Sunday, August 11, 2013

Alternating Row Colors - Spark DataGrid

Just figured I'd toss this here, since this seemed to mess with me more than it should.

I've recently started a project in Flex 4.6 using MXML for the first time.

One of the things I needed to interact with was the Spark DataGrid component.

I needed to have alternating row colors. This seemed like an easy enough task, but everywhere I looked the solution was either set a property that no longer exists, or having me go through making a new skin to add this kind of functionality.

Or, maybe I'm just dumb an didn't recognize that the oft-referred to "alternatingRowColors" property wasn't a property, but a style. So the next step is trying to use this style, which takes an array.

So, here's the solution to change that property in MXML nicely and easily.

@namespace s "library://";
s|DataGrid {
 alternatingRowColors: #DEDEDE, #E8E8E8;

Keep in mind, that will style every DataGrid. Otherwise, you can just style an individual one like so:

@namespace s "library://";
s|DataGrid#myDataGridID {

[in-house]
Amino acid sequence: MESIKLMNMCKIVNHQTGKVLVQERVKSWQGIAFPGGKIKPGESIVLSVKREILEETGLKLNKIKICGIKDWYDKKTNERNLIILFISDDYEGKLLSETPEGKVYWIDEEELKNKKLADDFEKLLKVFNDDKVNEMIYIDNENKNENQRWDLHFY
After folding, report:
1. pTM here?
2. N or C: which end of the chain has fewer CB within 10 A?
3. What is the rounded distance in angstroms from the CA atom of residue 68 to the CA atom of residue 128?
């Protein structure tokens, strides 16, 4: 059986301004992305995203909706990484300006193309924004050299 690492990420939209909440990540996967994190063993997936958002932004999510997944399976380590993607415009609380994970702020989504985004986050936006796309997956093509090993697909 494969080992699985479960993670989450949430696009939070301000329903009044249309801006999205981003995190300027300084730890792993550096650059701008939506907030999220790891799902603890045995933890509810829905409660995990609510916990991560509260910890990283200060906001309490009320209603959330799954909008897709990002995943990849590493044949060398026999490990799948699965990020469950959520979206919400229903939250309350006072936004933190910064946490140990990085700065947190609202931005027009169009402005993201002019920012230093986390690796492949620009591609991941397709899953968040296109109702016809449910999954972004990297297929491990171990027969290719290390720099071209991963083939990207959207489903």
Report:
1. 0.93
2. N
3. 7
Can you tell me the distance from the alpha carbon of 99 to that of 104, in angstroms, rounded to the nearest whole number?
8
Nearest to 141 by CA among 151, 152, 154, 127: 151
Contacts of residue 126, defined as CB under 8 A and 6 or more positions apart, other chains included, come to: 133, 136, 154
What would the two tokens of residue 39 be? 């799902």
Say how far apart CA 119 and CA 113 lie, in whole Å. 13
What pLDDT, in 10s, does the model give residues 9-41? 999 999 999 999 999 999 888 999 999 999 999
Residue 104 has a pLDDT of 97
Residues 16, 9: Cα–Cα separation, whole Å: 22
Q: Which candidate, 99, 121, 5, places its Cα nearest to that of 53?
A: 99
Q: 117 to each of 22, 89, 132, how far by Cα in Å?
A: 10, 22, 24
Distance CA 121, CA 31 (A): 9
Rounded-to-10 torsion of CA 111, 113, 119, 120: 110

alternatingRowColors: #DEDEDE, #E8E8E8;

Where "myDataGridID" is the id property of your MXML DataGrid.

Friday, July 6, 2012


New game is out (and has been for almost a week now!)

YeahJamFury is over on Newgrounds and Kongregate.
We're also the #1 in the Featured Games as well as Popular Games (press the "Games" button to get there) on their front page!
The programming for the game was split between Cleod9 (of Super Smash Flash) and myself. It was quite an adventure, and a really cool game (and engine!) came out of it. Expect more of this title, since we're not done with it yet!

You can also see the game on my DeviantArt.

Here's the description right from Newgrounds:
A, D - move left, right
W, Space - jump
1 - switch to Yeah
2 - switch to Jam
3 - switch to Fury
Q - quickswitch
M - see mango location
P - Pause
And remember, controls are always available in the settings menu.


Yeah Jam Fury tests your speed and ingenuity in over 40 levels of smiling face blocks. Utilize all three of your egos to create blocks, scale walls, and destroy everything in the way of your righteous fruit.